Jessica Miller-Merrell: [00:15:31.07] This is so important right now and I think it’s going to continue to grow in importance as we become more self-aware and executive teams and leaders think more about the importance of DEI and just, I think it’s more like about an open dialogue because sometimes you just don’t know that something you’re saying or something you’re doing or an activity in the workplace is making people not feel included or they feel excluded for, for some reason. So I think we’re going to see more conversations and a focus on this topic.
Yesenia Bello: [00:16:13.44] Absolutely. And I think, again, going back to, you know, companies need to provide those tools and resources for employees to learn more about DEI, how they can function, how they can be more inclusive. But there are so many things that we can do ourselves on a daily basis. There are, such as listening to a, this podcast, looking at articles that are published, looking at training that you can take for free. There are so many things that we can all do. I think is really empowering ourselves to, to have those conversations. And if we walk away feeling like that was an uncomfortable situation, I messed up somehow, you know, to feel like, okay, I messed up, but let me see how I can do better next time. What do I need to learn that I didn’t know before? So there are so many ways that we can empower ourselves.
Jessica Miller-Merrell: [00:17:05.25] I think that cultural sentiment is amazing, but I am hearing a lot from HR leaders who are saying, Hey, I want to get started with DEI or want to bring somebody in, but I’m, I’m getting some friction. And how do I create a business case for DEI programs? So maybe walk us through kind of your approach and maybe what the team has done at iHeartMedia.
Yesenia Bello: [00:17:33.56] Yes. You know, it’s, I think, deciding to start your DEI journey for any company is very intimidating. The leadership team may feel like we haven’t really invested in this space. We’re so behind, there’s no way that we could ever catch up. So it is an intimidating process. I think the beginning of the DEI journey starts with a lot of honesty and transparency. Understanding, you know, we are, let’s say, for example, we’re a company that hasn’t really focused on DEI efforts before, hasn’t really thought about the importance of DEI in our culture. Where do we start? It starts with understanding. So what is that employee’s sentiment? Have people been openly sharing feedback with you over the years in terms of things they experience that may be, you know, excluding a few folks, maybe career progression has been, you know, as, as, as easy for some groups, you know, understanding with where you’re starting from and having that open and honest conversation with your leadership team, I think that’s the beginning of a powerful journey. And then from there, you know, there’s tons of research that shows that when you do have a diverse company culture where you have different perspectives in the room, your ideas will be stronger, your marketing strategies will be stronger because they will include people that come from different backgrounds and that may be listening to your radio stations in a different way than you thought they were. So diverse ideas, diversity drives business results that creativity. And you know, let’s not talk about like, let’s say the tech space, for example, having diverse group of people building new products for you, building the technologies for you, and having that diverse perspective, it’s only going to make your product even stronger.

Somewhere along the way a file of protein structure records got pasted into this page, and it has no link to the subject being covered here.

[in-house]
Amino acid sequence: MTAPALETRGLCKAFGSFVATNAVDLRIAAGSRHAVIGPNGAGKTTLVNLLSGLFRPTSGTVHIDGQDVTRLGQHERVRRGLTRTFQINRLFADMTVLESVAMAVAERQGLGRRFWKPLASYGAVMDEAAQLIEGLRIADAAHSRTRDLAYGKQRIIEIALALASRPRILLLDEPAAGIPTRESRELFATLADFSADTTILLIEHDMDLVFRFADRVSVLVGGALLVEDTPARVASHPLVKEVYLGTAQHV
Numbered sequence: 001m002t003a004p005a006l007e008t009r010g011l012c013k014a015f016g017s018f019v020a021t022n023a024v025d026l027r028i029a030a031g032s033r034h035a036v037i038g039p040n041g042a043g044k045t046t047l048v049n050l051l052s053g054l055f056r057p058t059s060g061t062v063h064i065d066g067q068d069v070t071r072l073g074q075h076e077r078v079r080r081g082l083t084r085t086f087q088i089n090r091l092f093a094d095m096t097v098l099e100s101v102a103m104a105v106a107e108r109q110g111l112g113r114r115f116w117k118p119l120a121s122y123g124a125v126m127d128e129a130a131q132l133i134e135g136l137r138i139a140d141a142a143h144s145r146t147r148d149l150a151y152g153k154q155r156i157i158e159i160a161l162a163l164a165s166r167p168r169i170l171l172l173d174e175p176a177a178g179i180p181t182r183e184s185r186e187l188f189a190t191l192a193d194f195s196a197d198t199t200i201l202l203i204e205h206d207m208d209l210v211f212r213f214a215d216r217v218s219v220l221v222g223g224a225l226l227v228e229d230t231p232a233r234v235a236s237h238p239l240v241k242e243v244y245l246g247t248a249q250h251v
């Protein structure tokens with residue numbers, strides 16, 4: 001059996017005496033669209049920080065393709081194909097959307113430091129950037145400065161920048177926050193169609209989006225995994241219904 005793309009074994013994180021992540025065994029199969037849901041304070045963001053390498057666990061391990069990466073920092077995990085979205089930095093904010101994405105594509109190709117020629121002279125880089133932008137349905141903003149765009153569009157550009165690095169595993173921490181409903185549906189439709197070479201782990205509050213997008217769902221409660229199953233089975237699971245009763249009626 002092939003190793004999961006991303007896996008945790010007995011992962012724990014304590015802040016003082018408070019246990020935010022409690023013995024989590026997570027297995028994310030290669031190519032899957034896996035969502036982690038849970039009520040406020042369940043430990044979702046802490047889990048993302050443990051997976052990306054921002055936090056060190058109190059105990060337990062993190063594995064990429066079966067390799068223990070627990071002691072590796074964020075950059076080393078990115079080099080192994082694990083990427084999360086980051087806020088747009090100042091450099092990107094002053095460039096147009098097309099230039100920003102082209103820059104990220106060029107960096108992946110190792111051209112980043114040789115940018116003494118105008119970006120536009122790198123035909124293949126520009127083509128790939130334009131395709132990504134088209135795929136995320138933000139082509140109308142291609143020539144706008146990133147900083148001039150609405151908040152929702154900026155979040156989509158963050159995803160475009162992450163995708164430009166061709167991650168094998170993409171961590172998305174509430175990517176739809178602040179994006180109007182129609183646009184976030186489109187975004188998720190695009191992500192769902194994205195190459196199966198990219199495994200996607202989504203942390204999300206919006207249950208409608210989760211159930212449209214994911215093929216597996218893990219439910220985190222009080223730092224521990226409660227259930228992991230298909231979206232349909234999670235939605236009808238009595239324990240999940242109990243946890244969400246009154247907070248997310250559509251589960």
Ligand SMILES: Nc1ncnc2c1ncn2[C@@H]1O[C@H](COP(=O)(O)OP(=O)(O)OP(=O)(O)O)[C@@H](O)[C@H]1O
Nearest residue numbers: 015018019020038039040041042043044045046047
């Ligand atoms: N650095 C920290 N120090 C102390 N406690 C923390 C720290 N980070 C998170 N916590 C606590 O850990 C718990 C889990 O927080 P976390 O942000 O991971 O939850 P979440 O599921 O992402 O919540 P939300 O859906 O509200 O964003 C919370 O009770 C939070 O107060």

Yesenia Bello: [00:19:41.93] So I think looking at it from the perspective of we need to understand how DEI can drive business results, yes, of course, it will drive business results. But first, we need to kind of authentically and genuinely understand we want to do this because we want to attract good people into our company, people who are going to help grow this company, people who are going to come in and foster talent. People who are going to create that place of equity and belonging, who are going to improve our culture, like, from a genuine, like, being genuine about it, right? Not just looking at it from, like, dollar signs. Business perspective but thinking how can we strengthen the culture here? And for us, kind of going back to iHeart, we have an incredibly fun brand, it’s music, it’s entertainment, it’s concerts, it’s media, it’s radio stations. We have such an amazing external brand and it’s been about how do we bring that life that we have externally, internally. And, you know, learning from our employees and what they, they want to see from us. How can we double down on these resources, on training, on education, on, you know, career opportunities? So it is, it is a five-year journey, I would say when you’re starting from scratch. Even longer, you just have to be able to, you just have to be willing to, to just be open and honest with yourself and know, listen, we don’t, we don’t know. We don’t have all the answers. We’re going to get there. But we’re, our heart is in the right place. We’re going to get this done. And we are going to enlist employees to come and help us do all of this.
Jessica Miller-Merrell: [00:21:30.38] I love it. And I’m going to link to some, to some resources in the transcript, audio transcript or the transcription of this particular podcast episode. There is a new research report from UNC Chapel Hill and some professors there who talked about a values-based approach to advance DEI but still looking at making the business case. This was recently published in June of this year in MIT Sloan Management Review magazine. So I’m going to link to that in the transcription. I just feel like sometimes it’s, it’s great to hear from, from experts like you, but sometimes it’s really nice to point to a stat that says other people feel this way to maybe help just executives really kind of wrap their minds around the, the benefit, the anticipated benefit in terms of dollars and cents for the business, too.
Yesenia Bello: [00:22:29.96] Absolutely.
Break: [00:22:31.13] Let’s take a reset. This is Jessica Miller-Merrell. And you were listening to the Workology Podcast powered by Upskill HR and Ace The HR Exam. We’re talking today about diversity, equity and inclusion with Yesenia Bello, SVP of Diversity and Inclusion at iHeartMedia.